News & Analysis
U.S. Weighs Bailout of Foreign Banks, Too
The financial crisis that began in the United States spread to many corners of the globe. Now, the U.S. bailout looks as if it is going global, too, a move that could raise its cost and intensify scrutiny by Congress and critics. Foreign banks, which were initially excluded from the plan, lobbied successfully over the weekend to be able to sell the toxic U.S. mortgage debt owned by their American units to the Treasury, getting the same treatment as United States banks. On Sunday, the Treasury secretary, Henry Paulson Jr., indicated in a series of appearances on morning talk shows that an original proposal introduced on Saturday had been widened. "It's a distinction without a difference whether it's a foreign or a U.S. one," he said in an interview with Fox News. – Herald Tribune
Dominant Social Theme: Finance is global, so there!
Free-Market Analysis: Goodness, it didn't take very long to realize our prediction that the current debacle would be used as a way to further "globalize" domestic financial systems, especially America's. And so long as we're keeping track (and we do), we wish note once more, as we have before, that the "subprime' conflagration is likely wiping out Wall Street's domestic, indy-bank business. Indeed it has. Only a few significant Street indys are left standing now and over the weekend, apparently, two of them became bank holding companies.
The Federal Reserve Board approved the applications of Morgan Stanley and Goldman Sachs Group Inc. to become bank holding companies, the Fed said. ``The Federal Reserve Board on Sunday approved, pending a statutory five-day antitrust waiting period, the applications of Goldman Sachs and Morgan Stanley to become bank holding companies,'' the central bank said in an e-mailed press release in Washington. (Bloomberg)
After the Crash of 1929, commercial and investment banks were split apart via the Glass-Steagall Act. While that law went away in the 1990s, there are plenty of folks who believe that had it been in place, the current sour mortgages that are clogging up big American banks would never been bought to begin with. Well, maybe yes – but it seems a moot point as Wall Street and Congress apparently are heading in the other direction. Banks, big banks are the flavor of the month and Morgan and Goldman are in on it too.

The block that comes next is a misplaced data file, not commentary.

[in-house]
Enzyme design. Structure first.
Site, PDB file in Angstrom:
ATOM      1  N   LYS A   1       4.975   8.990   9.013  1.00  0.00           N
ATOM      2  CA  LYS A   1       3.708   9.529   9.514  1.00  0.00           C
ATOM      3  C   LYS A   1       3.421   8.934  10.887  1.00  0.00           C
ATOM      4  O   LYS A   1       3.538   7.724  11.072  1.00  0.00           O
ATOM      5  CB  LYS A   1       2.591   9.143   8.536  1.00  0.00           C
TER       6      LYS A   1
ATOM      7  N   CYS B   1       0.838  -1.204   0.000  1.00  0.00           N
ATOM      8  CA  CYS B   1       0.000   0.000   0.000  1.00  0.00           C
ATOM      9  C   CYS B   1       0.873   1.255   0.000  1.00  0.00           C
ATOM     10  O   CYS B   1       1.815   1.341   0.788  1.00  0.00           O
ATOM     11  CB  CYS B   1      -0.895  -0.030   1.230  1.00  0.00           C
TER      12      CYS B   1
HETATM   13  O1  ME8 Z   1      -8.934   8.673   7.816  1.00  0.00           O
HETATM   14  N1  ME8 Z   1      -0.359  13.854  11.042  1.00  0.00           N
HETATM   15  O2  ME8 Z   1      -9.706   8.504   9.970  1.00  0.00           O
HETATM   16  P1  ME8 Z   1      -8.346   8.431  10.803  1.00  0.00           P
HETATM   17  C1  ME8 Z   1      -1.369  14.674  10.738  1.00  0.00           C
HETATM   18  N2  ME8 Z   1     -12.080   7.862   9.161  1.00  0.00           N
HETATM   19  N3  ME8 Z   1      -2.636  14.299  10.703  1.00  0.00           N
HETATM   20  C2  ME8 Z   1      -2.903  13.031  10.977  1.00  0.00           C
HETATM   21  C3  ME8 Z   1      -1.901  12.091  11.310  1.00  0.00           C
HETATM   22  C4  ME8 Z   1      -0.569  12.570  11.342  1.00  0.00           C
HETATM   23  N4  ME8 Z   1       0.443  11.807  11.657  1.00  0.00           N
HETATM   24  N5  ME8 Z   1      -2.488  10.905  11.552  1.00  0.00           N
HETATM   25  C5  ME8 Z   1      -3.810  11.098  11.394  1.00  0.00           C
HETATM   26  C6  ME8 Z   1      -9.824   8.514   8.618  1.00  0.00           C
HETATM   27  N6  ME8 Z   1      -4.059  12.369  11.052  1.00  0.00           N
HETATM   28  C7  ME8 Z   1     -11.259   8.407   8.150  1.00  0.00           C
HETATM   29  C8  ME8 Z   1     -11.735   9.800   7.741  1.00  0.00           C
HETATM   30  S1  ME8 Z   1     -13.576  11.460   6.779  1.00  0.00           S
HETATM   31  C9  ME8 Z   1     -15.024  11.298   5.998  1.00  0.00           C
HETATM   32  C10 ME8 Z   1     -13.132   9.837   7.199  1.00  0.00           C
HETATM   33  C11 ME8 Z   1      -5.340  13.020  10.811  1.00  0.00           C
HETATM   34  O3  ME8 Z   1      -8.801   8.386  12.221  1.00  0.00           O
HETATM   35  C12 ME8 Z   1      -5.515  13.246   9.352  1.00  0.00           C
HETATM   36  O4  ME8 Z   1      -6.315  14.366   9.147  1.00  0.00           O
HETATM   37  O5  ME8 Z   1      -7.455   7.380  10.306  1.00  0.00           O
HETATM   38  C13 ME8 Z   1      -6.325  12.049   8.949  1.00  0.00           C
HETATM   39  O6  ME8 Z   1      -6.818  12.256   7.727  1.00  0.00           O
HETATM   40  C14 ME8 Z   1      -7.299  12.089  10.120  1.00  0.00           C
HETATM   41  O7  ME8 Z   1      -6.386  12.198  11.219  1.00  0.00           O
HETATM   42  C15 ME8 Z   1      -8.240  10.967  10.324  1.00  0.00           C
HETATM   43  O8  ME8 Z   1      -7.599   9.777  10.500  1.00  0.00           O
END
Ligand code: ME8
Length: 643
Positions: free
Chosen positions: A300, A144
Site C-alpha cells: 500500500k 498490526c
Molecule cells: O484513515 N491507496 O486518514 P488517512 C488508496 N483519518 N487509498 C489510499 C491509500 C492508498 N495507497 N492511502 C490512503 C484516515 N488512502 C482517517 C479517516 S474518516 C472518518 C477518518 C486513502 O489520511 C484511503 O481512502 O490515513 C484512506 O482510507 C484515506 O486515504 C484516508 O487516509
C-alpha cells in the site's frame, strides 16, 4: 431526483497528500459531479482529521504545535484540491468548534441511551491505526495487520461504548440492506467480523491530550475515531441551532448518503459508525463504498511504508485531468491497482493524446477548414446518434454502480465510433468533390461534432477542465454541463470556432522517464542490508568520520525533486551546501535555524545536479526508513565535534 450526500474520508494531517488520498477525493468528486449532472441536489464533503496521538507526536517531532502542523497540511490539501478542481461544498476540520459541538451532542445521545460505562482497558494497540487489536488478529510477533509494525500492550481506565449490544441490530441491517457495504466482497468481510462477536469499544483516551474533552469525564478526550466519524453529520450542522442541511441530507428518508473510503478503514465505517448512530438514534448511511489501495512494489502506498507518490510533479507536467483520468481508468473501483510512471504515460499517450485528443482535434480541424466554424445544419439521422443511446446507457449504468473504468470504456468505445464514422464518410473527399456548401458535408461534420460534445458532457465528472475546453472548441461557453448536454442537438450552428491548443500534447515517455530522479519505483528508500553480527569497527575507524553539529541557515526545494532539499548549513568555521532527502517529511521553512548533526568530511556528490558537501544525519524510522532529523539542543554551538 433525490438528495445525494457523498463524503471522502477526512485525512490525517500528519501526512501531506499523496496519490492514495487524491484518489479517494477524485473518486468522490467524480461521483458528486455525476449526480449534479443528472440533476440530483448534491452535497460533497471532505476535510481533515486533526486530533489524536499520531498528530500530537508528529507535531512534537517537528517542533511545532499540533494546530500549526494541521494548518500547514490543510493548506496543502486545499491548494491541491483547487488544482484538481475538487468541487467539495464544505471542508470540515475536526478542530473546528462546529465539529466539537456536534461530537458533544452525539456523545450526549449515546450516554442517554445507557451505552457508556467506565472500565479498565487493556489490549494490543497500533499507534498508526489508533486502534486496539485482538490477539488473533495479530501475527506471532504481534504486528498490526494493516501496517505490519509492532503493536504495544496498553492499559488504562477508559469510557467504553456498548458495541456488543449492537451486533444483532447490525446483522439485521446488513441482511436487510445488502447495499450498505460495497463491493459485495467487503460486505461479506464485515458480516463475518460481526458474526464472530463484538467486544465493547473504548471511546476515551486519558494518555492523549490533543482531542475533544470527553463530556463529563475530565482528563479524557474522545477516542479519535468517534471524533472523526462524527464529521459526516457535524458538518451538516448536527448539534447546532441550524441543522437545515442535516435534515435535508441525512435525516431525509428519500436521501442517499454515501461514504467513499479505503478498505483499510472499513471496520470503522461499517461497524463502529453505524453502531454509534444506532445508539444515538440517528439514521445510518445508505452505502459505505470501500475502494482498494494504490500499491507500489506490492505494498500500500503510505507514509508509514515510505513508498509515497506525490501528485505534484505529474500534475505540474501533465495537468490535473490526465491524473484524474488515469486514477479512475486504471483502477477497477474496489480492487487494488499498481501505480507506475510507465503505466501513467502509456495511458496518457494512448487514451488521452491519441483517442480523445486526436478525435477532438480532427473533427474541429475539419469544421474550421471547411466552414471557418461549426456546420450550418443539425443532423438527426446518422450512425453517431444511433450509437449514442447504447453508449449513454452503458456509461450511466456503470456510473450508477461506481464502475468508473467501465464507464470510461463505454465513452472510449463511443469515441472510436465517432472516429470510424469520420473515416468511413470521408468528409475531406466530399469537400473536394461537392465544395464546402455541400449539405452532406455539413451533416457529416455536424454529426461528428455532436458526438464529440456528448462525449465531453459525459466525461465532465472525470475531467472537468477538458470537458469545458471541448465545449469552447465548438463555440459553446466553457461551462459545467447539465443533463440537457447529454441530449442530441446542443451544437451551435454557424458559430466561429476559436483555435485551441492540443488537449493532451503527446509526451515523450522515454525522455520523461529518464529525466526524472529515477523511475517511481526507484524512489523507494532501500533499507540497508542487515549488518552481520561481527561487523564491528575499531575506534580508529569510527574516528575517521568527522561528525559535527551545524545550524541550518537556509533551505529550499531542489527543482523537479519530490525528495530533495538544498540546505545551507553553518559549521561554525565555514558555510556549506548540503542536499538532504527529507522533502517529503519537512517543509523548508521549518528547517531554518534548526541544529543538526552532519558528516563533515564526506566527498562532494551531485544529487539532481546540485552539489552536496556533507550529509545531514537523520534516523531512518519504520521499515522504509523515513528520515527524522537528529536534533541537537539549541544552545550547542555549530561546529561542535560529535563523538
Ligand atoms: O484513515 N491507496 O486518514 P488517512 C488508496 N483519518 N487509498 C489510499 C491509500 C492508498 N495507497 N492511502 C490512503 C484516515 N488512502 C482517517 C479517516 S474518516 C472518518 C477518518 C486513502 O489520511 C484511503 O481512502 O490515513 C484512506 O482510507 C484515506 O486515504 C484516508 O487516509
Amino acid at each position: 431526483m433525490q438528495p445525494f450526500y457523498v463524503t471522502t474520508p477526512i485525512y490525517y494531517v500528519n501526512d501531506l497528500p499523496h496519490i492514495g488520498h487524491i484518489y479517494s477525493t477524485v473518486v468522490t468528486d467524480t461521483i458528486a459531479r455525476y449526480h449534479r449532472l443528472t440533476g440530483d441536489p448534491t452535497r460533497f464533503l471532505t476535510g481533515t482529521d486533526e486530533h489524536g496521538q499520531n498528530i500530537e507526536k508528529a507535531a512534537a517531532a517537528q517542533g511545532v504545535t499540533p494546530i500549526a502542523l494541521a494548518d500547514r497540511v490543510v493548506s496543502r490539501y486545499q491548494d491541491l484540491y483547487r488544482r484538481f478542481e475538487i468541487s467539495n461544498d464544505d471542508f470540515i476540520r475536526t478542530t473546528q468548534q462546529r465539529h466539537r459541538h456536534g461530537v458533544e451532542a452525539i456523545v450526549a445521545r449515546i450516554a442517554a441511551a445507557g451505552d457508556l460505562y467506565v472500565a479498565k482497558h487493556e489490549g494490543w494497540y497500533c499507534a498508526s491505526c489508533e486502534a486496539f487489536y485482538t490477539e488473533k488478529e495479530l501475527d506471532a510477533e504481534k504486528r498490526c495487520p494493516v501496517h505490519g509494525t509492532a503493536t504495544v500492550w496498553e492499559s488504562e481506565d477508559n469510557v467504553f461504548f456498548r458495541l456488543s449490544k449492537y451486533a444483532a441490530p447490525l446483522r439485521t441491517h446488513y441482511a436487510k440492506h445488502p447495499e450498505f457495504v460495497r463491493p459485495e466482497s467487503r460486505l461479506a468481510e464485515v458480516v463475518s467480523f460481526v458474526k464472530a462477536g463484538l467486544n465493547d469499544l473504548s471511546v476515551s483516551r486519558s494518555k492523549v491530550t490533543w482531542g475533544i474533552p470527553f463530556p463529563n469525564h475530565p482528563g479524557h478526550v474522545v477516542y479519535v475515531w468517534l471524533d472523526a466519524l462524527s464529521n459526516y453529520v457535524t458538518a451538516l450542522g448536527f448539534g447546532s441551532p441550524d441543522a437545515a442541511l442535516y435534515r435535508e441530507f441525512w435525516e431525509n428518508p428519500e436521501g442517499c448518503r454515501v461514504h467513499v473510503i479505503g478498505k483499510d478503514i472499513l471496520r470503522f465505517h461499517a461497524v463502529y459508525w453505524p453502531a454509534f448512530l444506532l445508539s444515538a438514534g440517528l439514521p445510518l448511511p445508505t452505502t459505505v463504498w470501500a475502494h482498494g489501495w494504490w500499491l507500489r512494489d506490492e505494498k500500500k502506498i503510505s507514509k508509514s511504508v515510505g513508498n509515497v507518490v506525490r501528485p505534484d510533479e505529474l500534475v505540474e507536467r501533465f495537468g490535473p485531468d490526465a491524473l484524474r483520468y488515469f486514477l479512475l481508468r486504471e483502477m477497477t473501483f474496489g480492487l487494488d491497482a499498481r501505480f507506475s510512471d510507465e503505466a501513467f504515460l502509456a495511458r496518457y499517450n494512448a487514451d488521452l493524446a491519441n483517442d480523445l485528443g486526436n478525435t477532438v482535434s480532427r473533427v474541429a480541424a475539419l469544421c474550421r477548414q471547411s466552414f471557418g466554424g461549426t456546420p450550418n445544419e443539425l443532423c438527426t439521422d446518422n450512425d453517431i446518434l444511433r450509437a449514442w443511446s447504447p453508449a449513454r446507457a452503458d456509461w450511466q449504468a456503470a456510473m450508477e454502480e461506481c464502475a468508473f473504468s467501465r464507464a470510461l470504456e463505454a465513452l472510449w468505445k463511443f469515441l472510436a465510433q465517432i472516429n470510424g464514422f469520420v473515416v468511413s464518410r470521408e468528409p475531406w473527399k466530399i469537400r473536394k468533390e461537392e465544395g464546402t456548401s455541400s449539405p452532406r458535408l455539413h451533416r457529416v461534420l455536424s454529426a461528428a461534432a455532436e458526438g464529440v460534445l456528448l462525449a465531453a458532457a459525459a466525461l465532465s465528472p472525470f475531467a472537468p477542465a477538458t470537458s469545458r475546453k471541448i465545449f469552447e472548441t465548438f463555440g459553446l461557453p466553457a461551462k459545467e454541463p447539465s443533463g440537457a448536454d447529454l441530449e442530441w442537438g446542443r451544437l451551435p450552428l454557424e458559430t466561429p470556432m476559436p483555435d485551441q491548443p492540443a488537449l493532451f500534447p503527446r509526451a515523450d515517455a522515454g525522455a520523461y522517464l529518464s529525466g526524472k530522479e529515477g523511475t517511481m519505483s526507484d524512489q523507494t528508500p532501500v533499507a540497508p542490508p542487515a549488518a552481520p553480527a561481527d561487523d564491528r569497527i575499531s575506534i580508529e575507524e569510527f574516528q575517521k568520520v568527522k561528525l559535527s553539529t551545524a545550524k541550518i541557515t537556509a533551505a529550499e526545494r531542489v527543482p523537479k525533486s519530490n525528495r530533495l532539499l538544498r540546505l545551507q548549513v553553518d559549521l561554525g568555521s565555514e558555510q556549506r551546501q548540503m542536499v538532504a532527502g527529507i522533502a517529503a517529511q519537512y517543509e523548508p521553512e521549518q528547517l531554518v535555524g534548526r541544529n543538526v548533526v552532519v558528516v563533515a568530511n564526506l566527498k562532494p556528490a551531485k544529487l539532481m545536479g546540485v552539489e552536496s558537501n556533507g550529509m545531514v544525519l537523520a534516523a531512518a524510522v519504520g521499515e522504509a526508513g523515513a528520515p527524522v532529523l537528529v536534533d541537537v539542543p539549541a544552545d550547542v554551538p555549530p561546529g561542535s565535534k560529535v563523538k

Lest it seem we're not living up to our free-market orientation by mentioning regulation without a caveat, we'll add one now: It is impossible to "regulate" finance. Doesn't work, can't work, won't work and those doing the regulating know it very well.
Glass-Steagall didn't prevent American market meltdowns in the 60s, 70s, 80s or 90s, and while its vanishing may have made things a tad worse in the late "oughts," (2000s) the culprit always remains the same: the central bank – in this case the largest of them all, the Federal Reserve.
Heck, we'll go a step further and suggest that if you threw almost every financial regulation overboard, you'd still have roughly the same business cycle. The timeline might shorten somewhat as financial regulation likely tends to "clog the works" so markets are not as efficient as they would be otherwise. But because the engine of finance is fiat-money printing courtesy of central banking, the business cycle would still be in place.
How could it be different after all? Central banks almost always print too much "money" and eventually people start wondering what they can buy with the extra moola. Gradually, there's increased market interest, then gradual buying of various goods and services alongside increasing financial corruption, market manipulation, kickbacks, etc. – and finally a virtual buying mania. It all ends, of course, with a big blow off. As always, this is accompanied by much chest beating and the offering up of sacrificial lambs to the penitentiary.